Half Moon Island
At only around 2 kilometres long, Half Moon Island is one of the smaller landmasses in the South Shetland Islands. However, what it lacks in size, it makes up for by being perfectly picturesque. The fittingly named island is shaped somewhat like a crescent moon and presents visitors with stunning scenery in every direction.
The island’s relatively uneventful history does include being a whaling and seal hunting base in the past, but the wildlife here is plentiful today. You might spot the wreckage of an old whaling boat if you venture to Half Moon Island’s south end.
Heading in this direction will also take you to a walking track, along which you can bump into a variety of animals. Chinstrap penguins make up most of the island’s population, while other species you might spot here include seals, south polar skuas, Antarctic terns, and kelp gulls, as well as whales in the nearby waters. BirdLife International considers Half Moon Island to be an Important Bird Area.
The views of surrounding mountains, glaciers and icecaps from Half Moon Island are spectacular – you won’t want to forget your camera. The Argentine Cámara Base is located near the centre of the island, but this is usually closed and unmanned.
Half Moon Island is a popular spot for Antarctic cruise guests, particularly as it is sometimes the first landing point after the notoriously rough and unpredictable voyage through Drake Passage. The spectacular panoramas visible from the island also provide a glimpse of the wonders to come, while the island itself gives visitors their first up-close experience with the wildlife of the region.
With itineraries that leave this stop until the later stages of the voyage (or stop here again on the return trip), travellers will be granted a final chance to take some fantastic landscape photos and have a couple of last encounters with the local creatures.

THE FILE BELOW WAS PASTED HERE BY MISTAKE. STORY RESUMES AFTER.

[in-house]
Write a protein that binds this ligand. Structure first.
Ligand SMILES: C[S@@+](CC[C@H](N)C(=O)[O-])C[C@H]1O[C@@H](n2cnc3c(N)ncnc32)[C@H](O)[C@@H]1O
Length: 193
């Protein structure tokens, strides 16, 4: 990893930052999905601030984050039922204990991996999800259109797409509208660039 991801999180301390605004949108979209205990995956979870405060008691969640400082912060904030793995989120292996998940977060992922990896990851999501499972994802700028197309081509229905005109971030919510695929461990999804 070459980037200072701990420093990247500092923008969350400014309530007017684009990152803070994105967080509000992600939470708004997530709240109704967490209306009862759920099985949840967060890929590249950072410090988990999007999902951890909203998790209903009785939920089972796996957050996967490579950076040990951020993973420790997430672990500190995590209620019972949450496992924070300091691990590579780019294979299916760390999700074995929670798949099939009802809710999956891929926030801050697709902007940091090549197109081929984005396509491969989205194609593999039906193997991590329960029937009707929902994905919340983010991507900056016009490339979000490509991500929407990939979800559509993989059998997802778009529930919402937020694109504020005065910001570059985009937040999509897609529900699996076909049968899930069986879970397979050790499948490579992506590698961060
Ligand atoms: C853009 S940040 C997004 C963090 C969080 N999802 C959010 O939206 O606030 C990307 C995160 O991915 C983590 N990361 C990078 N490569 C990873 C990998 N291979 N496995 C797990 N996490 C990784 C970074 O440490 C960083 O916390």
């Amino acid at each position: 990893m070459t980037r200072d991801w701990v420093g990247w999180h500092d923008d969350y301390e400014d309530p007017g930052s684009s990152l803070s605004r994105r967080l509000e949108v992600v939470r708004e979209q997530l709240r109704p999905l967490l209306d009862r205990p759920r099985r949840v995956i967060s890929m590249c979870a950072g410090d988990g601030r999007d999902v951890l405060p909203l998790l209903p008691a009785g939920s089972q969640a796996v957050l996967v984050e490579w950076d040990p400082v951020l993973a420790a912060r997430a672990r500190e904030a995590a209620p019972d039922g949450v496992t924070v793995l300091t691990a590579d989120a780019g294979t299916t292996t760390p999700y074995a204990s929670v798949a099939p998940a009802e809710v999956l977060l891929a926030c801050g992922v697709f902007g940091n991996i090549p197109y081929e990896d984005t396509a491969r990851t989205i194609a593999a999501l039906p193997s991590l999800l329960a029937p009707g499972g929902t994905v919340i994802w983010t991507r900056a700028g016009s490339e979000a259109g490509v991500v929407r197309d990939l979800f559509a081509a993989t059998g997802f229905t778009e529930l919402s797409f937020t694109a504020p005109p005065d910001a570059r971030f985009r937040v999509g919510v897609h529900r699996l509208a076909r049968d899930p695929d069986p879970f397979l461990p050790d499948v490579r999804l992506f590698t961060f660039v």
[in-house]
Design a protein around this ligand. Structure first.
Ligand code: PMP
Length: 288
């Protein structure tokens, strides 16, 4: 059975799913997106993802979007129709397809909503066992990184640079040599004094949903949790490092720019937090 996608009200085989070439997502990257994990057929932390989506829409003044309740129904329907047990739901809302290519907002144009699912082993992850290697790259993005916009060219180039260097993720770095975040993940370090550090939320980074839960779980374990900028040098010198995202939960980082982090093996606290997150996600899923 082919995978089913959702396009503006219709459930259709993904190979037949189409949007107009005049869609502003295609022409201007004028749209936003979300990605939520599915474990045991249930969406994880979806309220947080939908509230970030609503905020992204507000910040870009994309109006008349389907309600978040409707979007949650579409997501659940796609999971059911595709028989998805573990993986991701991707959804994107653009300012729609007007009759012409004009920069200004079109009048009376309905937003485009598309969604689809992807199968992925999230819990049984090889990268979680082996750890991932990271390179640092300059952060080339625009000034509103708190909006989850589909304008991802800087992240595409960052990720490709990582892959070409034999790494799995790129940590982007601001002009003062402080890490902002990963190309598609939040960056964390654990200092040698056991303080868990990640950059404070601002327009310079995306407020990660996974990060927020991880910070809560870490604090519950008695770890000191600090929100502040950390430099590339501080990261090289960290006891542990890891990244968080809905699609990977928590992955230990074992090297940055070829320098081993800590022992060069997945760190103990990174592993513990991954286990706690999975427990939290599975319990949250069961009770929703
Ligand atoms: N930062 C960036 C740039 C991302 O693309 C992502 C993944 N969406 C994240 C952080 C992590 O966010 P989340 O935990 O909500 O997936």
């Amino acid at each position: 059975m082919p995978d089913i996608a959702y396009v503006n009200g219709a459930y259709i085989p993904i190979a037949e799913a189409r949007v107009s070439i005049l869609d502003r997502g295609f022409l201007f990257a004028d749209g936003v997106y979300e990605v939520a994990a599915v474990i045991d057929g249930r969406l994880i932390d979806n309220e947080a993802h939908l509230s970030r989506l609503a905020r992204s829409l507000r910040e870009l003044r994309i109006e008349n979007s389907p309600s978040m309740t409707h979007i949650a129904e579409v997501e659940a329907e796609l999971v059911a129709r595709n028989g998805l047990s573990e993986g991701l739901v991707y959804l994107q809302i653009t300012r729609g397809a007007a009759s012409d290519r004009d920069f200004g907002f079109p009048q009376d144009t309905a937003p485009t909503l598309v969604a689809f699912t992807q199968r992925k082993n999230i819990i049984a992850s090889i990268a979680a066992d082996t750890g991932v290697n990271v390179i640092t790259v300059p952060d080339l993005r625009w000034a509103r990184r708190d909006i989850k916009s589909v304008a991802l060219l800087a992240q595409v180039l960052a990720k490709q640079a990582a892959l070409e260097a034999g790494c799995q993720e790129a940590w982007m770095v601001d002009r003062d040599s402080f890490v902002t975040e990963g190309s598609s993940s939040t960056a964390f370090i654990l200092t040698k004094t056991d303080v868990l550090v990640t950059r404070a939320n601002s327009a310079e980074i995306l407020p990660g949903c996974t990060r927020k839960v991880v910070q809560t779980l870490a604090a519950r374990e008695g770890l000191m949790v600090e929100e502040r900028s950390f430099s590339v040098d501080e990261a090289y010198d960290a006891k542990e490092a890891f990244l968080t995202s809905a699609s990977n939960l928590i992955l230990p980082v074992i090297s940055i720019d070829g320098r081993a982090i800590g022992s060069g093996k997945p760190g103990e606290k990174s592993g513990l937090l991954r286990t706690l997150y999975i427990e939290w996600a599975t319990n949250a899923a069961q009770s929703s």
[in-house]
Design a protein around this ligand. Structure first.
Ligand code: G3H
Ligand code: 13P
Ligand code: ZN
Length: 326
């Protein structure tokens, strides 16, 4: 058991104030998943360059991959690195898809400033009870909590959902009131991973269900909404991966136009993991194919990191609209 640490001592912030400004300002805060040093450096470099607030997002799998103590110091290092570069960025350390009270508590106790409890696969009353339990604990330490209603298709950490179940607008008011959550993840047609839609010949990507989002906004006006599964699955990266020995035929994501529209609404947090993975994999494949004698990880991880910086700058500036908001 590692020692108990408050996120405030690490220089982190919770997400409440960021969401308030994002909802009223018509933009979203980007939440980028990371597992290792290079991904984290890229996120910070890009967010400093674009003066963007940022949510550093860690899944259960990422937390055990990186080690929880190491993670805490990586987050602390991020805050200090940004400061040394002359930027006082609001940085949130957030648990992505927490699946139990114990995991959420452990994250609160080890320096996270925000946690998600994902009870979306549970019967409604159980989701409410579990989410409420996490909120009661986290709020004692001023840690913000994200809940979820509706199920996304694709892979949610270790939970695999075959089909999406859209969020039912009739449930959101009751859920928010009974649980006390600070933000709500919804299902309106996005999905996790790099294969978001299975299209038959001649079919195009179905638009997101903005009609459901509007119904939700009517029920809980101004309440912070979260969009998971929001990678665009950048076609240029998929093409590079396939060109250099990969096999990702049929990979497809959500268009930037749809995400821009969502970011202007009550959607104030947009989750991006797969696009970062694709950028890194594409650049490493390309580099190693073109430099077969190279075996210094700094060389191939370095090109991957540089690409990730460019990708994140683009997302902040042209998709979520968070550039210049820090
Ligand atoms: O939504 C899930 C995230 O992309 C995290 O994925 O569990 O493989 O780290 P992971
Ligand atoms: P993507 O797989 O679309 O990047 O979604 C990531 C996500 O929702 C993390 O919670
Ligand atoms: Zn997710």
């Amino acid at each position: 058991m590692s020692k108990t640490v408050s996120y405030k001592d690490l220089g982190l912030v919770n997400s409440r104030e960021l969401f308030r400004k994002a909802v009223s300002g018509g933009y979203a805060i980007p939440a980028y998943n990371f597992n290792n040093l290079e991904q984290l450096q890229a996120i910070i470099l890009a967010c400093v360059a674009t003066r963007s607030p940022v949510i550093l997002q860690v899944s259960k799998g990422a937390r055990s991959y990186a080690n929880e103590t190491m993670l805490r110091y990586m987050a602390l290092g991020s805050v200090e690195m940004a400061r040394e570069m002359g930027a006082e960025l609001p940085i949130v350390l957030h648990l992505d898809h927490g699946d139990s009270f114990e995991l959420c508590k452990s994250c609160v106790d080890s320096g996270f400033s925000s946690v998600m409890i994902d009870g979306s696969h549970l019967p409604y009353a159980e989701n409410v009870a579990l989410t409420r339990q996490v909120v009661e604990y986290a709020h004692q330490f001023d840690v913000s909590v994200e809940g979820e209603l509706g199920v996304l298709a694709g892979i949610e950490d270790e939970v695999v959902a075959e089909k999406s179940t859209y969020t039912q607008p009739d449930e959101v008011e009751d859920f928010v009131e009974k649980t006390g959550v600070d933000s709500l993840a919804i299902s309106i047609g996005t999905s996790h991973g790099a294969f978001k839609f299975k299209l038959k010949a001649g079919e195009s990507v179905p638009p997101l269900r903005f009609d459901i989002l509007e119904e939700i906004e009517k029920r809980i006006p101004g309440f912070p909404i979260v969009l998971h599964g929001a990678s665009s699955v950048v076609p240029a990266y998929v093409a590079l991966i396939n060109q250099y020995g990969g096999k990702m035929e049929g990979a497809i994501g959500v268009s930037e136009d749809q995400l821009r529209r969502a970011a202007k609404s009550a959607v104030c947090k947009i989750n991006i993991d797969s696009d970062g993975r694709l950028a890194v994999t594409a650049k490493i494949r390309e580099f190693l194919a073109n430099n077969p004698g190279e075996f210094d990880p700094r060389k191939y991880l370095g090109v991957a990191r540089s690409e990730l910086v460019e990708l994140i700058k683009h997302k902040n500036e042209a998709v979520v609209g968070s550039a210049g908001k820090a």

All these factors contribute to Half Moon Island featuring as a stop for many cruise lines that explore this wonderful part of the world, including Silversea Cruises and Quark Expeditions. Other islands you’re likely to enjoy shortly before or after Half Moon Island include Deception Island, King George Island, and Livingston.
As Half Moon Island is uninhabited and has no facilities, you will be tendered aboard via Zodiacs (inflatable rubber boats). Much of the island’s east shore (the inside of the moon shape) is suitable for coming ashore.
There are no facilities on Half Moon Island. Use your ship’s facilities before and after your short visit to the island.
How To Get Around
A Zodiac (rubber boat) will take you from the ship to the island. Once on land, you will be able to explore fairly easily on foot.
Currency – There is no currency on Half Moon Island as there are no shops and nothing to buy. The currency used on board your cruise ship will remain the same throughout your voyage, or all your expenses may be included in your ticket price anyway.
Time Zone – Since the island is unpopulated, local time is basically irrelevant. The time zone your ship is aligned to is unlikely to change while anchored at the island.
Weather – The climate on Half Moon Island is generally consistent with that of the other South Shetland Islands: cold and humid with icy winds and frequent cloud coverage. Below-freezing temperatures make this and the surrounding islands inaccessible for about two thirds of the year due to frozen waterways. Even during summer months, the average temperature is about 1.5 degrees Celsius, so dress very warmly.
Walking Track – The walking track on Half Moon Island’s southern section gives you the perfect opportunity to stretch your legs after a day or more on your cruise ship. Plus, the on-foot journey will reveal stunning views of the neighbouring islands and surrounding mountains (particularly those on Livingston and Greenwich Island). Photo opportunities are plentiful and, if you venture far enough, you should come across a whaling boat’s shipwreck – a sombre testament to the island’s not-so-animal-friendly past.
Wildlife – There has never been a time when the number of people on the island even came close to matching the native fauna’s population. A large colony of chinstrap penguins call Half Moon Island home and you’ll find no shortage of other Antarctic birds nesting here too. Whales can often be spotted moving about just away from the shore; you might even ride alongside one on your way in. If one of the large rocks on the island appears to be a little furrier than the others, don’t be fooled – it could well be a fur seal!